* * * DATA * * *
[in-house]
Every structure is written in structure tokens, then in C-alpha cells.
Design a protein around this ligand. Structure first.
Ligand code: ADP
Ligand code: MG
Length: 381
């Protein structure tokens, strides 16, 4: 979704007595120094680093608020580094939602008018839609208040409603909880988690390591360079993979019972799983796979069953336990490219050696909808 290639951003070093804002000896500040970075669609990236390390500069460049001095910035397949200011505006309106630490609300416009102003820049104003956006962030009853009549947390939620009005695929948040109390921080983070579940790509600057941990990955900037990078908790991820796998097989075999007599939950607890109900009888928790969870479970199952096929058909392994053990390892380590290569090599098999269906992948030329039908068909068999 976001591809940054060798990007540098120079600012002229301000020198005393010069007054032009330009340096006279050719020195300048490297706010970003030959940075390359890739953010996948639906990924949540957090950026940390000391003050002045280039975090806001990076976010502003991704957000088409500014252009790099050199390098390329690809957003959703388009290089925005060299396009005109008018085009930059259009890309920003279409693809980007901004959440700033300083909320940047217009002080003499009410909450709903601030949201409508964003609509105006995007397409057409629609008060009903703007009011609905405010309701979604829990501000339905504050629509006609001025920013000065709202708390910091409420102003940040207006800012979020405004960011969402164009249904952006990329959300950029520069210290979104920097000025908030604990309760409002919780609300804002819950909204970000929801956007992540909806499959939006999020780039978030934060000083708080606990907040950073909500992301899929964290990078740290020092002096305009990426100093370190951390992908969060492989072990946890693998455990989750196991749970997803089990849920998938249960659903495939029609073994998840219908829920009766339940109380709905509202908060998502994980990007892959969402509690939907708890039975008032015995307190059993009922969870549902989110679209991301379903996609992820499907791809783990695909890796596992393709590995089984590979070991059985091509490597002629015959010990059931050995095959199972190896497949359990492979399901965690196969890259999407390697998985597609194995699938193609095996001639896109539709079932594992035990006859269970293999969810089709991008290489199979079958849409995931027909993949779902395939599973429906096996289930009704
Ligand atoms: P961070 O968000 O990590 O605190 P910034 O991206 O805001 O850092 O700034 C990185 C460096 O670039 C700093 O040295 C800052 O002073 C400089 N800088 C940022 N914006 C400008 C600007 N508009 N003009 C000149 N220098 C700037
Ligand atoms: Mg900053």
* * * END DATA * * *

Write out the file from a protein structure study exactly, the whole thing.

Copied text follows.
[in-house]
Every structure is written in structure tokens, then in C-alpha cells.
Design a protein around this ligand. Structure first.
Ligand code: ADP
Ligand code: MG
Length: 381
């Protein structure tokens, strides 16, 4: 979704007595120094680093608020580094939602008018839609208040409603909880988690390591360079993979019972799983796979069953336990490219050696909808 290639951003070093804002000896500040970075669609990236390390500069460049001095910035397949200011505006309106630490609300416009102003820049104003956006962030009853009549947390939620009005695929948040109390921080983070579940790509600057941990990955900037990078908790991820796998097989075999007599939950607890109900009888928790969870479970199952096929058909392994053990390892380590290569090599098999269906992948030329039908068909068999 976001591809940054060798990007540098120079600012002229301000020198005393010069007054032009330009340096006279050719020195300048490297706010970003030959940075390359890739953010996948639906990924949540957090950026940390000391003050002045280039975090806001990076976010502003991704957000088409500014252009790099050199390098390329690809957003959703388009290089925005060299396009005109008018085009930059259009890309920003279409693809980007901004959440700033300083909320940047217009002080003499009410909450709903601030949201409508964003609509105006995007397409057409629609008060009903703007009011609905405010309701979604829990501000339905504050629509006609001025920013000065709202708390910091409420102003940040207006800012979020405004960011969402164009249904952006990329959300950029520069210290979104920097000025908030604990309760409002919780609300804002819950909204970000929801956007992540909806499959939006999020780039978030934060000083708080606990907040950073909500992301899929964290990078740290020092002096305009990426100093370190951390992908969060492989072990946890693998455990989750196991749970997803089990849920998938249960659903495939029609073994998840219908829920009766339940109380709905509202908060998502994980990007892959969402509690939907708890039975008032015995307190059993009922969870549902989110679209991301379903996609992820499907791809783990695909890796596992393709590995089984590979070991059985091509490597002629015959010990059931050995095959199972190896497949359990492979399901965690196969890259999407390697998985597609194995699938193609095996001639896109539709079932594992035990006859269970293999969810089709991008290489199979079958849409995931027909993949779902395939599973429906096996289930009704
Ligand atoms: P961070 O968000 O990590 O605190 P910034 O991206 O805001 O850092 O700034 C990185 C460096 O670039 C700093 O040295 C800052 O002073 C400089 N800088 C940022 N914006 C400008 C600007 N508009 N003009 C000149 N220098 C700037
Ligand atoms: Mg900053």